been very successful so far.
"We just signed on our toOth
cardholder which, for a new pro-
gram, we're pretty excited about
that," said Laiderman.
Law studentJeff Klein saidthat
if the discount was large enough,
he might think about it, but oth-
erwise did not think it would be
worth restricting himself to a
handful of restaurants.
"I'd rather just carry cash," said
Klein.
Business School senior Bill
Penegor said he definitely would
be interested in an off-campus
card option, because it would
allow him to have a way for his
parents to pay for his food.
Emily Francis, the local mar-
keting consultaut for Chipotle
Mexican Grill, located on the 200
block of S. State Street, explained

ing projects at the frontiers of
mechanical science and engineer-
ing, where the discipline intersects
with nanoscience and biology."
Munson went on to thank U.S.
Rep. John Dingell (D-Mich.),
Sen. Carl Levin (D-Mich.) and
Sen. Debbie Stabenow (D-Mich)
in addition to Democratic Gov.
Jennifer Granholm for their
efforts in supporting the con-
struction of the complex.
Granholm praised the new
complex in the press release and
discussed the potential impact of
the research projects housed by
the building.
"This new facility will help
train the next generation of
engineers in our state, and pro-
duce the cutting-edge research
and development in energy,
health care and manufacturing
that will continue to diversify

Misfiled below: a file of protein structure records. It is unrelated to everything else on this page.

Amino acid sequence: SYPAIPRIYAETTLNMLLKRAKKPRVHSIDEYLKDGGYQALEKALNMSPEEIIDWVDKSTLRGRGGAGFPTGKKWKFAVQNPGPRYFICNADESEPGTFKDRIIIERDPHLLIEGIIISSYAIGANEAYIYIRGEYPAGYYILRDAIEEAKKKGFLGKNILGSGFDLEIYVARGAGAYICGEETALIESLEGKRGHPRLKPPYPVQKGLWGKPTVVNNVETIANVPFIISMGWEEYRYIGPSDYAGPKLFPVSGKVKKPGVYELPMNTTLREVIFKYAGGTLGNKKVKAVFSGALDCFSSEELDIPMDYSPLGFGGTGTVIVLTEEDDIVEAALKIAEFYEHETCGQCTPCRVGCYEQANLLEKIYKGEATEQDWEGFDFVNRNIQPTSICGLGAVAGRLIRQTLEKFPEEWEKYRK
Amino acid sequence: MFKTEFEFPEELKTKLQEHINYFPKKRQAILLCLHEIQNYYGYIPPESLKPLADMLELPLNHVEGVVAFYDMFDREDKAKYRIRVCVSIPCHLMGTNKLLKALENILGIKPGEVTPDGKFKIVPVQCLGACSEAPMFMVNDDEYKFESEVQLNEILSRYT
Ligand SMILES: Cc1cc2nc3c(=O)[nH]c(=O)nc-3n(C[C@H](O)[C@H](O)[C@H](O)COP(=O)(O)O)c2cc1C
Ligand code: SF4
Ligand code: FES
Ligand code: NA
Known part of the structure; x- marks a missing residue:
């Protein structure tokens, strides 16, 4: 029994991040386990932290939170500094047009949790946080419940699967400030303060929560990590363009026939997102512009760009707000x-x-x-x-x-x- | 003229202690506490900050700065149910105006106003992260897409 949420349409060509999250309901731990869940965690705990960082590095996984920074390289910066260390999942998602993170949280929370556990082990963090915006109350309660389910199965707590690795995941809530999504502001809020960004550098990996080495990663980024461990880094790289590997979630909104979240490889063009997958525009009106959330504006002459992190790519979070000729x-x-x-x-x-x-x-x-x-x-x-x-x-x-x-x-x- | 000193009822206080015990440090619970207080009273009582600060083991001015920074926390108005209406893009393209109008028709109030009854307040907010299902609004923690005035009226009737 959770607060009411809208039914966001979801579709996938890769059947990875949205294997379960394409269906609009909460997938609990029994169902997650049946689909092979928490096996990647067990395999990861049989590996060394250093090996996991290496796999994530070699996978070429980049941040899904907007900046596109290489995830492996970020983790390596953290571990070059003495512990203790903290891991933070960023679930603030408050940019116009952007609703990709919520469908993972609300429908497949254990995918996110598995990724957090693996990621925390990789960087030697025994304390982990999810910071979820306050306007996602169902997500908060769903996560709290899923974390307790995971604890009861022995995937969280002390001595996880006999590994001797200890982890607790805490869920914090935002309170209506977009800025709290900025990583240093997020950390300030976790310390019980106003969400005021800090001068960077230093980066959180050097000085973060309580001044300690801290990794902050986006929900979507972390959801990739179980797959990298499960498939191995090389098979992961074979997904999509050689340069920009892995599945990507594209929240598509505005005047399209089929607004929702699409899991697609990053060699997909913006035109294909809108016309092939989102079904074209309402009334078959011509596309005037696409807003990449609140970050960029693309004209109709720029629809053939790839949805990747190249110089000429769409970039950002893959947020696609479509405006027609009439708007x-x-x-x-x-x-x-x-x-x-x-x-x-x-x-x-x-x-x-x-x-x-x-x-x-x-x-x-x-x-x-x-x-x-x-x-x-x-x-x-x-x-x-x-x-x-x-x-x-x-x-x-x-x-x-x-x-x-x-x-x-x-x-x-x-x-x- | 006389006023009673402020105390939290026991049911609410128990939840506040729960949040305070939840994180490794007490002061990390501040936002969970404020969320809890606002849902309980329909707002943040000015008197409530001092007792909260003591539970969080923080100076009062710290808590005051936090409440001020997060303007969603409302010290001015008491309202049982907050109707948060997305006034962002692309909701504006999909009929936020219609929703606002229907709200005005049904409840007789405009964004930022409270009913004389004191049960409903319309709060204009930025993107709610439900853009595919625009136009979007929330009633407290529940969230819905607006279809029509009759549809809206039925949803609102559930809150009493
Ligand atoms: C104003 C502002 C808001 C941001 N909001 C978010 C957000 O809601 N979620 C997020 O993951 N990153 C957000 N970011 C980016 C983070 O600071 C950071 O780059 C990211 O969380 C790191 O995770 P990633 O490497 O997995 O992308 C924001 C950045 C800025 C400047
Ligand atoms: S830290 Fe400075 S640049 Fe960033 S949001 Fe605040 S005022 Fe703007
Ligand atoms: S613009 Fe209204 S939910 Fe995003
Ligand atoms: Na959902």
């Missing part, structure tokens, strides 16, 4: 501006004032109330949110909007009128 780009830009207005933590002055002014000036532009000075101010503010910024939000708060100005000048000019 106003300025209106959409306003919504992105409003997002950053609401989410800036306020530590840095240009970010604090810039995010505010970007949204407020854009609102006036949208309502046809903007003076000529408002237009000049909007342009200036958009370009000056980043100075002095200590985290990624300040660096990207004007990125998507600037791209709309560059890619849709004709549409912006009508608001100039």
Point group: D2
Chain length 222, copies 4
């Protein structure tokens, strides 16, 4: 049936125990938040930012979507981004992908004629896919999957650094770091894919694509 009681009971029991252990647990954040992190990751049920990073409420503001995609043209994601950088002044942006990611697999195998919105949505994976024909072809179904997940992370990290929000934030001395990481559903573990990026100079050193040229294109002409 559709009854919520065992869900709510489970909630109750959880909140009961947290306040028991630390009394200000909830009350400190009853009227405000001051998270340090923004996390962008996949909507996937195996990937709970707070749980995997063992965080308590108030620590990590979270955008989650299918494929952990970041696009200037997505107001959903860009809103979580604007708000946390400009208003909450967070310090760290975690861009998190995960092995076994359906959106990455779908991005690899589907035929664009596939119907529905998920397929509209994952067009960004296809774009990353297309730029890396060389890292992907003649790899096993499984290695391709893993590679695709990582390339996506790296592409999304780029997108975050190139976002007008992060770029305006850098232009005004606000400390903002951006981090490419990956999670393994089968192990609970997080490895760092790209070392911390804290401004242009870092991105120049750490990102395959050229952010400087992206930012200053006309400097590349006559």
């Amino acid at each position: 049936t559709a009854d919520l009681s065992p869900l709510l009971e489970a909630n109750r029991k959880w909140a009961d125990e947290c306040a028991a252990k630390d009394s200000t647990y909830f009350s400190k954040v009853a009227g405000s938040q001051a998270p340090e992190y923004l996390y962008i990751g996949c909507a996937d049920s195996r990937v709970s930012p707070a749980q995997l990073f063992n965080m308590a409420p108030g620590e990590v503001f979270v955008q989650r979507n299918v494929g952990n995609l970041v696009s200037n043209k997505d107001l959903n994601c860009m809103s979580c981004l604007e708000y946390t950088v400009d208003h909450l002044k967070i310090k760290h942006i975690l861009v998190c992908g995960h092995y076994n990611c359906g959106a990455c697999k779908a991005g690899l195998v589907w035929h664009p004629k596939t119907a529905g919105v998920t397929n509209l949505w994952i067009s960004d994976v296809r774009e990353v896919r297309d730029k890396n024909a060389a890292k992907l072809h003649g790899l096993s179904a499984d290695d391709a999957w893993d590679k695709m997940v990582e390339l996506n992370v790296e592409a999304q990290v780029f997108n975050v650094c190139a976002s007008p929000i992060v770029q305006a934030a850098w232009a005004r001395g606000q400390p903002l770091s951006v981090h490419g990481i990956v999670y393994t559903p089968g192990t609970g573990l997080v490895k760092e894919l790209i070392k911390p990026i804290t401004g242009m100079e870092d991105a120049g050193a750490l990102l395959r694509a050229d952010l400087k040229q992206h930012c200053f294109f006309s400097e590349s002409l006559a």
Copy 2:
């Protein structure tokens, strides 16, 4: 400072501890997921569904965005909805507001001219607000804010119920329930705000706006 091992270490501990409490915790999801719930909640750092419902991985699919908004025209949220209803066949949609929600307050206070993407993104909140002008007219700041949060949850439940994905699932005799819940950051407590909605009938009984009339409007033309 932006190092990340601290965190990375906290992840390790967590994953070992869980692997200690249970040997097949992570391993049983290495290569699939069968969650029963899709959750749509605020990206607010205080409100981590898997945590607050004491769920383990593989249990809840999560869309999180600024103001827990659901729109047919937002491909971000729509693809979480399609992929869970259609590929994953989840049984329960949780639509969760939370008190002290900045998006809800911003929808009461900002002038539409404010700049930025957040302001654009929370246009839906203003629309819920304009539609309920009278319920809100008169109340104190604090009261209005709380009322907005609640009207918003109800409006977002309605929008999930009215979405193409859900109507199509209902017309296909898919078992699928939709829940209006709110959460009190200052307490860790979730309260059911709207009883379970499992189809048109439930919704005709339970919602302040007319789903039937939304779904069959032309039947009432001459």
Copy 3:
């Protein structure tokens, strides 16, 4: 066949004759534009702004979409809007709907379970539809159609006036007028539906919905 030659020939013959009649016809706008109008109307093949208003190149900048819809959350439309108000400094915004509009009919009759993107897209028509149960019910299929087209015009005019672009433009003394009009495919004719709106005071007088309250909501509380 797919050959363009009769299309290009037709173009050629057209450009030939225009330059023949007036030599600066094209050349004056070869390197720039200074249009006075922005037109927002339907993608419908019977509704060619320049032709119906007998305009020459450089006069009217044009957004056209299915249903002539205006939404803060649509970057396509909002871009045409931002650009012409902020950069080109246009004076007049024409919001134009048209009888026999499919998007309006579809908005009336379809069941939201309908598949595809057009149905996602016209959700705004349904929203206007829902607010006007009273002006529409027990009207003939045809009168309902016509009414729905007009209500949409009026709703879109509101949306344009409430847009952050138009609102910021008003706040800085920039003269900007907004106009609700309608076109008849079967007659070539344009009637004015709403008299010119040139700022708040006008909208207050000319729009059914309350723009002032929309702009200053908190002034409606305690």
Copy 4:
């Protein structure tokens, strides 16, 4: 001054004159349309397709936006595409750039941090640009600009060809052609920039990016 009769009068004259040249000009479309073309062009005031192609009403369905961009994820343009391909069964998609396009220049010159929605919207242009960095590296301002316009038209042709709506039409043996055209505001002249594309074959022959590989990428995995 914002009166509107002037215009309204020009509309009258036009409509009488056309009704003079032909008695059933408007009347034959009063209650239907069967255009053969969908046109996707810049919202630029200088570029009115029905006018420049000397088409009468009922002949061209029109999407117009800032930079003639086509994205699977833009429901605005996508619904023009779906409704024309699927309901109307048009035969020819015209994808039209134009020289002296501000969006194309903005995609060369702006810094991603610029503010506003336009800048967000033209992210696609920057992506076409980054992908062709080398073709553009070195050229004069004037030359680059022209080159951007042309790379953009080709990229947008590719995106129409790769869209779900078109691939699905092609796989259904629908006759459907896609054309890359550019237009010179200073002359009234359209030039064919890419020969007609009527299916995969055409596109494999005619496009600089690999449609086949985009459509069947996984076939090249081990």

our economy and create jobs,"
Granholm said.
that the decision to take part in
the new meal plan card was large-
ly to make eating at the restaurant
easier for students by offering
them another way to pay.
"On a lot of our campus loca-
tions we look at the student-based
card to see if we can make it eas-
ier on the students and give them
other ways to frequent their favor-
ite places on- and off-campus,"
Francis said.
Francis added that more pro-
motion is necessary to make sure
customers know which restau-
rants are involved.
"We still think there's some
awareness opportunities, where
even though we've got the sticker
in our window... some people may
not know that we accept the Eat-
blue card," she said.
Wendy Shinde, owner of Great
Wraps, on the 300 block of State
Steet, said she was previously
signed with Eatblue, but that the
new meal plan card has not been
used very frequently.
"In theory if they market the
heck out of this and they get a lot
of people signed up, and people
start coming in to use it then that's
a different story," Shinde said.
As of now, though, Shinde says
that it won't be worth keeping the
new meal plan card in the long
run.
"You're supposed to pay a
monthly fee for the machine, and
when it comes to that, I'm going
to say no, because right now ... I'm
getting like one per day," Shinde
said.

The sixth floor of Dennison yesterday. University Provost Philip Hanlon said the floor will be converted into office space.

with horseshoe shaped tables and
lots of technology, we of course
don't want to look at (converting)
those," Hanlon said. "We want to
look at the (classrooms) that are
of lower quality, more traditional
flat-floored, poor acoustics, and
so on."
In addition, Hanlon said it's
better to look for large blocks of
outdated classrooms to convert
into offices because it means
there will be more options for
designing the space.
"That gives us the most flex-
ibility because if you take a set
of classrooms and convert them
to some other use, if they're all
together then we can take out
walls and build other kinds of
spaces," he said.

These factors arguably make
Dennison the perfect target for
renovation and repurposing on
campus.
"A lot of these things drive you
back to Dennison because Denni-
son has a large collection of class-
rooms," Hanlon said. "They're